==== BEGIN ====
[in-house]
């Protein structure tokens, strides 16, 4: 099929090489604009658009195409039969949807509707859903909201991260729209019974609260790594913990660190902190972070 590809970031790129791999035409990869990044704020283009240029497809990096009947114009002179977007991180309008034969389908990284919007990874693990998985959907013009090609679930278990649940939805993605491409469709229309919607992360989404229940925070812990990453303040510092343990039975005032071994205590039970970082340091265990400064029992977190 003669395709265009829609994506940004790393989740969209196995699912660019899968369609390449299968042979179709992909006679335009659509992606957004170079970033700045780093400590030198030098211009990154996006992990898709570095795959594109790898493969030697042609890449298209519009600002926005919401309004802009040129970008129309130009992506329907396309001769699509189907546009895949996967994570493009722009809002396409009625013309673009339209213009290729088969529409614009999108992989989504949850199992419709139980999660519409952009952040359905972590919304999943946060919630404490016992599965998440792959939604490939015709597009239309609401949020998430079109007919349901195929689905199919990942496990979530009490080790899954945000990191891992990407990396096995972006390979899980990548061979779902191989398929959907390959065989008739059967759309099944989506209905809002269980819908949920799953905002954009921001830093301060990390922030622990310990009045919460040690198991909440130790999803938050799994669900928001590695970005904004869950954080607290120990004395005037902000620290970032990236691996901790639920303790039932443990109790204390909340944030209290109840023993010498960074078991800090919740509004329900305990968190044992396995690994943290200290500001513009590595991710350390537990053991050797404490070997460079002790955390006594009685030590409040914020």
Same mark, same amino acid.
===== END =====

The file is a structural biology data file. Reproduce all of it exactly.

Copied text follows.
[in-house]
């Protein structure tokens, strides 16, 4: 099929090489604009658009195409039969949807509707859903909201991260729209019974609260790594913990660190902190972070 590809970031790129791999035409990869990044704020283009240029497809990096009947114009002179977007991180309008034969389908990284919007990874693990998985959907013009090609679930278990649940939805993605491409469709229309919607992360989404229940925070812990990453303040510092343990039975005032071994205590039970970082340091265990400064029992977190 003669395709265009829609994506940004790393989740969209196995699912660019899968369609390449299968042979179709992909006679335009659509992606957004170079970033700045780093400590030198030098211009990154996006992990898709570095795959594109790898493969030697042609890449298209519009600002926005919401309004802009040129970008129309130009992506329907396309001769699509189907546009895949996967994570493009722009809002396409009625013309673009339209213009290729088969529409614009999108992989989504949850199992419709139980999660519409952009952040359905972590919304999943946060919630404490016992599965998440792959939604490939015709597009239309609401949020998430079109007919349901195929689905199919990942496990979530009490080790899954945000990191891992990407990396096995972006390979899980990548061979779902191989398929959907390959065989008739059967759309099944989506209905809002269980819908949920799953905002954009921001830093301060990390922030622990310990009045919460040690198991909440130790999803938050799994669900928001590695970005904004869950954080607290120990004395005037902000620290970032990236691996901790639920303790039932443990109790204390909340944030209290109840023993010498960074078991800090919740509004329900305990968190044992396995690994943290200290500001513009590595991710350390537990053991050797404490070997460079002790955390006594009685030590409040914020």
Same mark, same amino acid.